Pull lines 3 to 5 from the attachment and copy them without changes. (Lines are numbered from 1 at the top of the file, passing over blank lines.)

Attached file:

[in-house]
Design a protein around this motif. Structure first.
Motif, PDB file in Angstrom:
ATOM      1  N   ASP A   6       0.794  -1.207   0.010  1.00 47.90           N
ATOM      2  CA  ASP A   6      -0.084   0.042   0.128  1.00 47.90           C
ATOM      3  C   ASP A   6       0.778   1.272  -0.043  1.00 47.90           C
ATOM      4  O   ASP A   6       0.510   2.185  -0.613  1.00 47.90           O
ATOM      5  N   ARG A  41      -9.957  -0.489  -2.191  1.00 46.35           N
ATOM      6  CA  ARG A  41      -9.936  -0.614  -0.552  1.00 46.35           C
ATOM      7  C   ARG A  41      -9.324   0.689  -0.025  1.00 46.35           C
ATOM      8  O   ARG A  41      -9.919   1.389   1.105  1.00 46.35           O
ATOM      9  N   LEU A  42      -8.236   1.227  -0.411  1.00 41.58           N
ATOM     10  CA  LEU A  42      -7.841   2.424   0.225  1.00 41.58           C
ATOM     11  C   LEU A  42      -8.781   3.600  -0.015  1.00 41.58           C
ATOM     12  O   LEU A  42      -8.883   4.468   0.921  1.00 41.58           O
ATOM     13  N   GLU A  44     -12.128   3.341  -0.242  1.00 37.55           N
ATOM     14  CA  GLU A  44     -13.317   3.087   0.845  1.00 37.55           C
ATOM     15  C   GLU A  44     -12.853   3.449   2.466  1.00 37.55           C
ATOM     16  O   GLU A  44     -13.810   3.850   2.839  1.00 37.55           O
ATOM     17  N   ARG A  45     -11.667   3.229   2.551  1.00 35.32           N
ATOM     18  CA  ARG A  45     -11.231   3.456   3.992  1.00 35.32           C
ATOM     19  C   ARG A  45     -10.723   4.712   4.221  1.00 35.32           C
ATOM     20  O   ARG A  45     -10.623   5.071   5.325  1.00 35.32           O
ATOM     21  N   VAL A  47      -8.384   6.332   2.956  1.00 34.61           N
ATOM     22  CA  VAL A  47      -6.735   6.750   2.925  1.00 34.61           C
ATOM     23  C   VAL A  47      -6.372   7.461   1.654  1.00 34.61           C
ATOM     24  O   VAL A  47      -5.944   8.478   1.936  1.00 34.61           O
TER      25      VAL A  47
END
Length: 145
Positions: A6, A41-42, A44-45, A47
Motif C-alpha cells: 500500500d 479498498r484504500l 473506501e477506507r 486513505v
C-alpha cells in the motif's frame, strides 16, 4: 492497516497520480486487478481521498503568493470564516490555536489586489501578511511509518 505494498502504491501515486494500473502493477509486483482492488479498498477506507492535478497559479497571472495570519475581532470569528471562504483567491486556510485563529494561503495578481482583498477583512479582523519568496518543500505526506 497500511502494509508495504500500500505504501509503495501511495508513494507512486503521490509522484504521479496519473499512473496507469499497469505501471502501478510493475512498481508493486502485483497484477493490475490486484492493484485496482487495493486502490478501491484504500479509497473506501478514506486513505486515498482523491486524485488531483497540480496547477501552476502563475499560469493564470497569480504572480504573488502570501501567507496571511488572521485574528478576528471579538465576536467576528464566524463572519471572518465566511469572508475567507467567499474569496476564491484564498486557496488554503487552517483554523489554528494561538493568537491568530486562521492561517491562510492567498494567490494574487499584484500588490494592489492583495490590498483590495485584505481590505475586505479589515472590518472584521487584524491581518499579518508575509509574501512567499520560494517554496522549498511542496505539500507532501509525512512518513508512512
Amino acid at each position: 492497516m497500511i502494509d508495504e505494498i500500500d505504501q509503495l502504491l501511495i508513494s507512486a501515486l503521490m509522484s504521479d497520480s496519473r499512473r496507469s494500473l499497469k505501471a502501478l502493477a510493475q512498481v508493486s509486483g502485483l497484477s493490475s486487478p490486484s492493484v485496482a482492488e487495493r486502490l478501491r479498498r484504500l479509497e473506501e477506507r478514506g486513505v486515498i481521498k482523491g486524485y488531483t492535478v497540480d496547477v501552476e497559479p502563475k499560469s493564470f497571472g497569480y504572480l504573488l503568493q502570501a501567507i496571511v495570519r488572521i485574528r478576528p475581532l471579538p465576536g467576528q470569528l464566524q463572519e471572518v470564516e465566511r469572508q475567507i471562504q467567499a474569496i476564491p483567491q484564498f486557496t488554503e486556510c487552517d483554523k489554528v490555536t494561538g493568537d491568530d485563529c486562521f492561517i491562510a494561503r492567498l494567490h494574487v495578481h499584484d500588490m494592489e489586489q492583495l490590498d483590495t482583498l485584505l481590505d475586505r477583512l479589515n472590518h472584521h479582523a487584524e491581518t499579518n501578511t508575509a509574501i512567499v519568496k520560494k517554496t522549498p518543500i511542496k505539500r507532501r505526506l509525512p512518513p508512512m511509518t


Motif, PDB file in Angstrom:
ATOM      1  N   ASP A   6       0.794  -1.207   0.010  1.00 47.90           N
ATOM      2  CA  ASP A   6      -0.084   0.042   0.128  1.00 47.90           C